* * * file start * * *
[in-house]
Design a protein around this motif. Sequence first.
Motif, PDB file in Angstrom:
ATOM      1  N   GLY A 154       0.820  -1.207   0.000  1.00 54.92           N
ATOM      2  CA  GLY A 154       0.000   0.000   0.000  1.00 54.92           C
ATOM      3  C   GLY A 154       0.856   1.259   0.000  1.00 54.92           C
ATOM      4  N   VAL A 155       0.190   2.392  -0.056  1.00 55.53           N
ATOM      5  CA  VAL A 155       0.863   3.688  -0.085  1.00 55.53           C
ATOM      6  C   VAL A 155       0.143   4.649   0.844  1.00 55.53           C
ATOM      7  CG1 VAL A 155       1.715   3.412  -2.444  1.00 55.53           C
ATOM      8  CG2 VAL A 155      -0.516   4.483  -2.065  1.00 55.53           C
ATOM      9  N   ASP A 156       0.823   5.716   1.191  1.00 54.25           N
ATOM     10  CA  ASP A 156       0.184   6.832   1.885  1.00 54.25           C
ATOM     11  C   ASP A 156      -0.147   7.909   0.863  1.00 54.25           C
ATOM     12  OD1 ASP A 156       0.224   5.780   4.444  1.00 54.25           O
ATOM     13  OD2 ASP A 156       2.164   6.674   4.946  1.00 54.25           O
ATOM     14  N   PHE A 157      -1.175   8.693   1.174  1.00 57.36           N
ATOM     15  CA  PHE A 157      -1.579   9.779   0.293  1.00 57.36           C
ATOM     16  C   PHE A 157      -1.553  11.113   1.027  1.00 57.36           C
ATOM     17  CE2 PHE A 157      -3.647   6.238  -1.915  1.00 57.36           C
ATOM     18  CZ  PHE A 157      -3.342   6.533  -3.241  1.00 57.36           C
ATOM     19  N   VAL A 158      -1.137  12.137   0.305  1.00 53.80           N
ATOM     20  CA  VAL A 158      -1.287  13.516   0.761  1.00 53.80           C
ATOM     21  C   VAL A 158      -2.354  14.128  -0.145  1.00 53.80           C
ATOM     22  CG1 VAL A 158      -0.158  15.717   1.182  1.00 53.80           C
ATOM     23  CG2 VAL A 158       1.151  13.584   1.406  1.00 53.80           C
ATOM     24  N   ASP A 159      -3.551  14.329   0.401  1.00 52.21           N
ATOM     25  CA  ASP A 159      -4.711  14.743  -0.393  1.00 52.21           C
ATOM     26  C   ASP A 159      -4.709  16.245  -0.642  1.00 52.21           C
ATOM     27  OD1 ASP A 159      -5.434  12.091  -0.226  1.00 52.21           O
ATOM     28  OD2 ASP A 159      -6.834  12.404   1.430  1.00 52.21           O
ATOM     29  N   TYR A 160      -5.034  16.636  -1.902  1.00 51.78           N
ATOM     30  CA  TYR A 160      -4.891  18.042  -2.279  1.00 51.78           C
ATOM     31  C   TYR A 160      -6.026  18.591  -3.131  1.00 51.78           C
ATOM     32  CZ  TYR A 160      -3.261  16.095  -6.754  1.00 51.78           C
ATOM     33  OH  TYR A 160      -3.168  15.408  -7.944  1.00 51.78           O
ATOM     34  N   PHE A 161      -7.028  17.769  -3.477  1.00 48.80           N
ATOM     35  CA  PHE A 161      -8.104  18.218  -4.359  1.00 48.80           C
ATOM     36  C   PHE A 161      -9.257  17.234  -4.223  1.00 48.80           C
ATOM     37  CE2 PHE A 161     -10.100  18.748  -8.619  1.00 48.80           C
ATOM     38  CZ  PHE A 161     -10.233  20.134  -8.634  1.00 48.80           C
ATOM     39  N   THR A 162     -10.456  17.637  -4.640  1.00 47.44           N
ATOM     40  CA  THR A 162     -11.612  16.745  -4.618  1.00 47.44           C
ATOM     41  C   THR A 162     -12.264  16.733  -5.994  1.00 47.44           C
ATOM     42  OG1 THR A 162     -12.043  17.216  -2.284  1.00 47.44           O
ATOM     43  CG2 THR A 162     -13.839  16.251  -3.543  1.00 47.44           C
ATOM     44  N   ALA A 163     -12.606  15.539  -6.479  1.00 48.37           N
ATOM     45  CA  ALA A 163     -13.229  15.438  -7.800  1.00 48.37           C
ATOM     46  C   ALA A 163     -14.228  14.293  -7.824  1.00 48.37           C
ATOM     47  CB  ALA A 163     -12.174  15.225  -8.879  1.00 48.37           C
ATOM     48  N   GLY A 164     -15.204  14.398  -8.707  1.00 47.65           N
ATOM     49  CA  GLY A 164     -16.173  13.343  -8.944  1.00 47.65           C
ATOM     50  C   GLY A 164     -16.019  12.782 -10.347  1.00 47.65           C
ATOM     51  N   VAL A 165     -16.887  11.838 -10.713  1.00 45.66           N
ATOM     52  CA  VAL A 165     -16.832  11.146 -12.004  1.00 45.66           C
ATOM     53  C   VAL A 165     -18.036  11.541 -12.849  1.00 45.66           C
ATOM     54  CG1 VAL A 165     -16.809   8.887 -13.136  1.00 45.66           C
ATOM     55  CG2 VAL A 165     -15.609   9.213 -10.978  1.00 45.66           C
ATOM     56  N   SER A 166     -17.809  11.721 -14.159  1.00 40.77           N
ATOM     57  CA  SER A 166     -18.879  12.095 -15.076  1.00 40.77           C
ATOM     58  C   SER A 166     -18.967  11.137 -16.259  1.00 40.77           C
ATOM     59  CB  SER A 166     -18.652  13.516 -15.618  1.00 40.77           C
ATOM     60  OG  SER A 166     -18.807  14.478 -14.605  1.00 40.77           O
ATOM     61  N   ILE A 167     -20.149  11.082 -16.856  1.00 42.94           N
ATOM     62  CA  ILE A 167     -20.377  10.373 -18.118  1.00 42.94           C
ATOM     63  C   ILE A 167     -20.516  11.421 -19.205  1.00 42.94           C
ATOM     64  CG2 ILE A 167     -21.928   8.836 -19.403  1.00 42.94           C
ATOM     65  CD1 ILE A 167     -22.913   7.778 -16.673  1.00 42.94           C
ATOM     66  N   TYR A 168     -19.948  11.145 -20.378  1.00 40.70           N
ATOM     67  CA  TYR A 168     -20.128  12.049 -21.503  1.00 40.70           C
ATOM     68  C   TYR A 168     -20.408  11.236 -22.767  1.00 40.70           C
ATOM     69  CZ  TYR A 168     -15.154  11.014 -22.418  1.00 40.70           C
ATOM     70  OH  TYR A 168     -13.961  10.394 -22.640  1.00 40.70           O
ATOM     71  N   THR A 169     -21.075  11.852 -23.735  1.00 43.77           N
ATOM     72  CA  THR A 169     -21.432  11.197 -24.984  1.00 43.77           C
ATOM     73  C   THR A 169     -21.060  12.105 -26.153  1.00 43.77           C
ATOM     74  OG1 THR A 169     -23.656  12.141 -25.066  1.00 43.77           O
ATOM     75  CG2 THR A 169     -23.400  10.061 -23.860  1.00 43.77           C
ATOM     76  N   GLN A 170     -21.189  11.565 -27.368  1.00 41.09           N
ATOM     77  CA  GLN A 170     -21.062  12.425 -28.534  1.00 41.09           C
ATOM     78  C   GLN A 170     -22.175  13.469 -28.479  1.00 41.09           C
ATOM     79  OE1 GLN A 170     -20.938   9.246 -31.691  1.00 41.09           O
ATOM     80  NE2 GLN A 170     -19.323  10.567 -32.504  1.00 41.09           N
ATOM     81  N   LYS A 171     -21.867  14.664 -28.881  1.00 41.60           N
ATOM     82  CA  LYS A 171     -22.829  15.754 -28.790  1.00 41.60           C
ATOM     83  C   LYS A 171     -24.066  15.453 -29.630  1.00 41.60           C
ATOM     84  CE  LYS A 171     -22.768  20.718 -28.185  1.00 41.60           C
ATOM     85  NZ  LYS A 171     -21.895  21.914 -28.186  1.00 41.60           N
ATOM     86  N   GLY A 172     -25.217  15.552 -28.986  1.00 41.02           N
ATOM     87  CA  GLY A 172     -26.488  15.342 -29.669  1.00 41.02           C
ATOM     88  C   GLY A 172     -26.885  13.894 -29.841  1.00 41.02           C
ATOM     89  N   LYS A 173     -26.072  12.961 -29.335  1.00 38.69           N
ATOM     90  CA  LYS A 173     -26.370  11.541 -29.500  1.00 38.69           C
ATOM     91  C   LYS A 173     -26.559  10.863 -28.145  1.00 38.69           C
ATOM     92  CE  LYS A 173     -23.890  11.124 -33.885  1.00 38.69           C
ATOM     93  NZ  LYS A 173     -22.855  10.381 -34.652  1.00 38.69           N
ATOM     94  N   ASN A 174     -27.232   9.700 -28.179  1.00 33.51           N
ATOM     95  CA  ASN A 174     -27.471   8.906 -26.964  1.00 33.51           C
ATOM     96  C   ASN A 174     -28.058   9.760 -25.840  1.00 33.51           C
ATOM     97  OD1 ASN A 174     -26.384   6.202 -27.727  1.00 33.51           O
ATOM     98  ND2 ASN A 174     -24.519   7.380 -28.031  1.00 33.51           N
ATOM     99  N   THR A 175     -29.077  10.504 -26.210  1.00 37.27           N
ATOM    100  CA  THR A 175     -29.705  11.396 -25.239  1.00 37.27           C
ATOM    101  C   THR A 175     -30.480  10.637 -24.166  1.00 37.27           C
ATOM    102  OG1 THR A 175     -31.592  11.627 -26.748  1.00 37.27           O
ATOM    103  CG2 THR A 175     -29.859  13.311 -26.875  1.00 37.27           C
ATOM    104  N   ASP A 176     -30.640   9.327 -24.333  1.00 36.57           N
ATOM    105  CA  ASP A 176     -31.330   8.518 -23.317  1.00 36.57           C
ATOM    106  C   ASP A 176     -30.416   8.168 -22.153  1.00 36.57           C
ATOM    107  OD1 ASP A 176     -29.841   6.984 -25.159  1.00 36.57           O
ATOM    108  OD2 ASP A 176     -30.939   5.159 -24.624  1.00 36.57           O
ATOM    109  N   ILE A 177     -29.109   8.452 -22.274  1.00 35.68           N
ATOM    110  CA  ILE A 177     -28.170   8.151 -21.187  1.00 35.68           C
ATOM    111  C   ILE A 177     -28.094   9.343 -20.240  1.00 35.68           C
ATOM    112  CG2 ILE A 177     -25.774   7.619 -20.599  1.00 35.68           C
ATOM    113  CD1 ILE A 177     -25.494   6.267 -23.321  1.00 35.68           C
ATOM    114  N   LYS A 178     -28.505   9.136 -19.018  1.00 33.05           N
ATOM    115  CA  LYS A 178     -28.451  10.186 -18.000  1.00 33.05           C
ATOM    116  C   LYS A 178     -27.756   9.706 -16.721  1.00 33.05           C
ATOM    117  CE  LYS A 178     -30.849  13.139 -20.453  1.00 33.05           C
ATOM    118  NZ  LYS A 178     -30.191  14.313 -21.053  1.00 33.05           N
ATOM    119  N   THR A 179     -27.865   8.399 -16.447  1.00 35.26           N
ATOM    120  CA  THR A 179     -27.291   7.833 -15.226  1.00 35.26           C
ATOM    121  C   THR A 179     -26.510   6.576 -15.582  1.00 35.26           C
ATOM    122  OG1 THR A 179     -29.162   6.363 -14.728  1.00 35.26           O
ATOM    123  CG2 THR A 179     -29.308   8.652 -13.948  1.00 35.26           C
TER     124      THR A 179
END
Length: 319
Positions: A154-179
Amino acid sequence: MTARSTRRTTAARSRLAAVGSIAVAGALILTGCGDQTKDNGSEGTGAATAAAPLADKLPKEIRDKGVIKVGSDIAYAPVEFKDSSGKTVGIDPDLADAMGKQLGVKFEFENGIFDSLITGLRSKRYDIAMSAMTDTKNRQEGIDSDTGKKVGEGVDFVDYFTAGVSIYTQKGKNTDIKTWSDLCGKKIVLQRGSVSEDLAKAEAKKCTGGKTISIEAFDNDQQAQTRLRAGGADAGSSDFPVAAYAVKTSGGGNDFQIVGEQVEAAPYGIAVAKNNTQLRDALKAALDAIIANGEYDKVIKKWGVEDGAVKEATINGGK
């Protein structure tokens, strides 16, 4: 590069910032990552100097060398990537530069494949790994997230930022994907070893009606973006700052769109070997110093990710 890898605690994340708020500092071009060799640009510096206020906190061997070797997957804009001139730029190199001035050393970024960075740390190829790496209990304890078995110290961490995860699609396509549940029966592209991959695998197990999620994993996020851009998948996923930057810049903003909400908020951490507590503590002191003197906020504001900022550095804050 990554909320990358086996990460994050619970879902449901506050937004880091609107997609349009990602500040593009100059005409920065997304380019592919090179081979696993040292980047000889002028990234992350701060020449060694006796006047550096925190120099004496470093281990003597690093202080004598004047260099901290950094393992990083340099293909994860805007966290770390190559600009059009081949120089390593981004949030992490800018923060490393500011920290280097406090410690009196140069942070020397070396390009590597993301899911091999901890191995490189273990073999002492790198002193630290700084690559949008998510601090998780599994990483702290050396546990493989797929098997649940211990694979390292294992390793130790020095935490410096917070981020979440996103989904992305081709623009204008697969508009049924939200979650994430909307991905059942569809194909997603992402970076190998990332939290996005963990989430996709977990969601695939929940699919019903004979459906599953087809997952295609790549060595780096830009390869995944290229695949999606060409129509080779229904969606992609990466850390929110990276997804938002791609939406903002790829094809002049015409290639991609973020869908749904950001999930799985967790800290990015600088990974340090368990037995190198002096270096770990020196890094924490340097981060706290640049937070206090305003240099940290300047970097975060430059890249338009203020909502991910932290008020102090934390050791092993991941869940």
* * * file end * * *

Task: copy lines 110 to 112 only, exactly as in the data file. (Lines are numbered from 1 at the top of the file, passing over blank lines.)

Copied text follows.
ATOM    107  OD1 ASP A 176     -29.841   6.984 -25.159  1.00 36.57           O
ATOM    108  OD2 ASP A 176     -30.939   5.159 -24.624  1.00 36.57           O
ATOM    109  N   ILE A 177     -29.109   8.452 -22.274  1.00 35.68           N